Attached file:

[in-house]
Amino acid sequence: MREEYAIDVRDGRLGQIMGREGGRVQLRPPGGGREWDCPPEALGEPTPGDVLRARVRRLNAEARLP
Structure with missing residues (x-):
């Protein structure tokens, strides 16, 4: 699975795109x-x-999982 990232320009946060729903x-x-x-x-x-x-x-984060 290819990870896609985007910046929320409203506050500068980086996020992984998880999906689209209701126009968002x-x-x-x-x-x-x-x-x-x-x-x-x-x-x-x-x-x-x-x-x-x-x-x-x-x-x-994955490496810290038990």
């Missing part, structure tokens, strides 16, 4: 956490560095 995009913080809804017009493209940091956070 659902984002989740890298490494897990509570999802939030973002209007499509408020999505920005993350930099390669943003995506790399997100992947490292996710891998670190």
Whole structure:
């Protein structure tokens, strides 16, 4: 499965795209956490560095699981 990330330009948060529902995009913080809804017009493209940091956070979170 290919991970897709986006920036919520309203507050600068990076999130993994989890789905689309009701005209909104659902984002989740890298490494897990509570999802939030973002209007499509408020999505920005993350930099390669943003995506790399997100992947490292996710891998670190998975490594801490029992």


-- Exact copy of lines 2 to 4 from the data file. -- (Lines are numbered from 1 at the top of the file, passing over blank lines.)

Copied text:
Amino acid sequence: MREEYAIDVRDGRLGQIMGREGGRVQLRPPGGGREWDCPPEALGEPTPGDVLRARVRRLNAEARLP
Structure with missing residues (x-):
């Protein structure tokens, strides 16, 4: 699975795109x-x-999982 990232320009946060729903x-x-x-x-x-x-x-984060 290819990870896609985007910046929320409203506050500068980086996020992984998880999906689209209701126009968002x-x-x-x-x-x-x-x-x-x-x-x-x-x-x-x-x-x-x-x-x-x-x-x-x-x-x-994955490496810290038990």